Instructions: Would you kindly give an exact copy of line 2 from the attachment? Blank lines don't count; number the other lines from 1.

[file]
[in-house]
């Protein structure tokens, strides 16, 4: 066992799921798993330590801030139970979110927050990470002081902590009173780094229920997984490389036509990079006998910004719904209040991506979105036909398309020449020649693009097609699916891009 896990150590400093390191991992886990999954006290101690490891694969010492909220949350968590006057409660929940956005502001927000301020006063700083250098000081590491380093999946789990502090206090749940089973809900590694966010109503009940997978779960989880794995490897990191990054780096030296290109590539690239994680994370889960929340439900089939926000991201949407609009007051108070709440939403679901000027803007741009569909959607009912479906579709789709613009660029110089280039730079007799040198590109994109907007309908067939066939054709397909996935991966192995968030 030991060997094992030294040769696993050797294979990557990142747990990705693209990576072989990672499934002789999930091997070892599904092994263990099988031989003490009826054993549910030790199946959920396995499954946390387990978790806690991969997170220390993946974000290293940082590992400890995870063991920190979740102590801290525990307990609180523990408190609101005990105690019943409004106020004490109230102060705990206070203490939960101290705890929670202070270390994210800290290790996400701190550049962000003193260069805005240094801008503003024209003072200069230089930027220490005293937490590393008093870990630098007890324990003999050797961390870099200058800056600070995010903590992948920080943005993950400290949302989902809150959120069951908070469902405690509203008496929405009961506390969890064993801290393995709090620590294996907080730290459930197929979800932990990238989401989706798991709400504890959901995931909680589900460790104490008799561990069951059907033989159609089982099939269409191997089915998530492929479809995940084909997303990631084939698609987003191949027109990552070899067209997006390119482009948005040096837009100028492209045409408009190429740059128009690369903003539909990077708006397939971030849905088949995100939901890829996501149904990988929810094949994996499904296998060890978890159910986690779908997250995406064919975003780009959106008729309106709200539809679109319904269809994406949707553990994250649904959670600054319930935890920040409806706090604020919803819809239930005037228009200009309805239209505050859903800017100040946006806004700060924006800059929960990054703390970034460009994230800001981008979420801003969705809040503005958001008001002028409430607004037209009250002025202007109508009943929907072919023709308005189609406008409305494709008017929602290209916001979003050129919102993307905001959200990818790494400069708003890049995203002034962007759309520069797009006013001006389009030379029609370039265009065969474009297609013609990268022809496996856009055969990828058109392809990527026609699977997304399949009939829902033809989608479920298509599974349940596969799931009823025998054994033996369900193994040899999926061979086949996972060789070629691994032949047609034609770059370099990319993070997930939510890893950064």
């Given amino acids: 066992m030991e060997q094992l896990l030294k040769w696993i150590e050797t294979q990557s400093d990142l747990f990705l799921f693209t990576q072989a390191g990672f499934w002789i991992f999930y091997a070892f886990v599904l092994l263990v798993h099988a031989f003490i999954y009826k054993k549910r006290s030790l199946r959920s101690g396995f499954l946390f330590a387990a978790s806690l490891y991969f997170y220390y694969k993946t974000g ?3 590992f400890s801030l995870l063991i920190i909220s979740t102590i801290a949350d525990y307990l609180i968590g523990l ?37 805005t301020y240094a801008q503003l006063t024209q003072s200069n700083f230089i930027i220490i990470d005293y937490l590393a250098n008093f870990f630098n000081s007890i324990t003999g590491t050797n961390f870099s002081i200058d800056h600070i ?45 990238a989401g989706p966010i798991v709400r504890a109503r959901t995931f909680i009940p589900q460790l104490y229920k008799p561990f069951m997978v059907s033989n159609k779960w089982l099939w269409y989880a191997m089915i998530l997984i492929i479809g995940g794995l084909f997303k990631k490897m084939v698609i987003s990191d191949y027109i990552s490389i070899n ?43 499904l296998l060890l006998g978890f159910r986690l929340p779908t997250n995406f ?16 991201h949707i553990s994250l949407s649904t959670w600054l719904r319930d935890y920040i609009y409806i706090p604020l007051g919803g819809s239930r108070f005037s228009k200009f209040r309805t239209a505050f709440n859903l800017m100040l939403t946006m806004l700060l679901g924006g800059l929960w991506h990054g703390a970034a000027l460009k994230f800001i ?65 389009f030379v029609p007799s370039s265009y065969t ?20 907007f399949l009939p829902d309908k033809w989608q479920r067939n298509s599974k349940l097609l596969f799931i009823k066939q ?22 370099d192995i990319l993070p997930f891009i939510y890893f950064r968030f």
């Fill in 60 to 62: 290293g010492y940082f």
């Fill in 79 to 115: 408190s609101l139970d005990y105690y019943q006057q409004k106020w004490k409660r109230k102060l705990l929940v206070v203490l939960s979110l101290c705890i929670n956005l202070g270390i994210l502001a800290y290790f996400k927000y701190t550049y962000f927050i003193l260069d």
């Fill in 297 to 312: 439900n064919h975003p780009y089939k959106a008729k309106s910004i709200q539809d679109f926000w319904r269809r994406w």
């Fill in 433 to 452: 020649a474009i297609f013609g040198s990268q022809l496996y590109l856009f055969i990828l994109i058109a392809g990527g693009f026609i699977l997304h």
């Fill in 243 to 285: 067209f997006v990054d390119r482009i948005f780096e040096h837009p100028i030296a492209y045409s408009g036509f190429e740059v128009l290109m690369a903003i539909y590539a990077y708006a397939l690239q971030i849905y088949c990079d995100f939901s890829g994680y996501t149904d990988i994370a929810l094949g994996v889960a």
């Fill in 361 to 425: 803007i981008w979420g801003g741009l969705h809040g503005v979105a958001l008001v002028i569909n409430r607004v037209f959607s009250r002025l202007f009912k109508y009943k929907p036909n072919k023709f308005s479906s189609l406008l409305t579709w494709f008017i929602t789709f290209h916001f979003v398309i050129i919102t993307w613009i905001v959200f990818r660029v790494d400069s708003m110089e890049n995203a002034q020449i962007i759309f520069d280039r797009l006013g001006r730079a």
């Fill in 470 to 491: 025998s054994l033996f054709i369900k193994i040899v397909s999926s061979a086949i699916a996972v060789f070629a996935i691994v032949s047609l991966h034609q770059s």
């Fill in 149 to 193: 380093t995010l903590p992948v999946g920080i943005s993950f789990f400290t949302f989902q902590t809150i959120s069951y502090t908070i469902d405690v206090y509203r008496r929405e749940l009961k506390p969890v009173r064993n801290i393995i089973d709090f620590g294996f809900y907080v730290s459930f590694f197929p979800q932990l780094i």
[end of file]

């Protein structure tokens, strides 16, 4: 066992799921798993330590801030139970979110927050990470002081902590009173780094229920997984490389036509990079006998910004719904209040991506979105036909398309020449020649693009097609699916891009 896990150590400093390191991992886990999954006290101690490891694969010492909220949350968590006057409660929940956005502001927000301020006063700083250098000081590491380093999946789990502090206090749940089973809900590694966010109503009940997978779960989880794995490897990191990054780096030296290109590539690239994680994370889960929340439900089939926000991201949407609009007051108070709440939403679901000027803007741009569909959607009912479906579709789709613009660029110089280039730079007799040198590109994109907007309908067939066939054709397909996935991966192995968030 030991060997094992030294040769696993050797294979990557990142747990990705693209990576072989990672499934002789999930091997070892599904092994263990099988031989003490009826054993549910030790199946959920396995499954946390387990978790806690991969997170220390993946974000290293940082590992400890995870063991920190979740102590801290525990307990609180523990408190609101005990105690019943409004106020004490109230102060705990206070203490939960101290705890929670202070270390994210800290290790996400701190550049962000003193260069805005240094801008503003024209003072200069230089930027220490005293937490590393008093870990630098007890324990003999050797961390870099200058800056600070995010903590992948920080943005993950400290949302989902809150959120069951908070469902405690509203008496929405009961506390969890064993801290393995709090620590294996907080730290459930197929979800932990990238989401989706798991709400504890959901995931909680589900460790104490008799561990069951059907033989159609089982099939269409191997089915998530492929479809995940084909997303990631084939698609987003191949027109990552070899067209997006390119482009948005040096837009100028492209045409408009190429740059128009690369903003539909990077708006397939971030849905088949995100939901890829996501149904990988929810094949994996499904296998060890978890159910986690779908997250995406064919975003780009959106008729309106709200539809679109319904269809994406949707553990994250649904959670600054319930935890920040409806706090604020919803819809239930005037228009200009309805239209505050859903800017100040946006806004700060924006800059929960990054703390970034460009994230800001981008979420801003969705809040503005958001008001002028409430607004037209009250002025202007109508009943929907072919023709308005189609406008409305494709008017929602290209916001979003050129919102993307905001959200990818790494400069708003890049995203002034962007759309520069797009006013001006389009030379029609370039265009065969474009297609013609990268022809496996856009055969990828058109392809990527026609699977997304399949009939829902033809989608479920298509599974349940596969799931009823025998054994033996369900193994040899999926061979086949996972060789070629691994032949047609034609770059370099990319993070997930939510890893950064």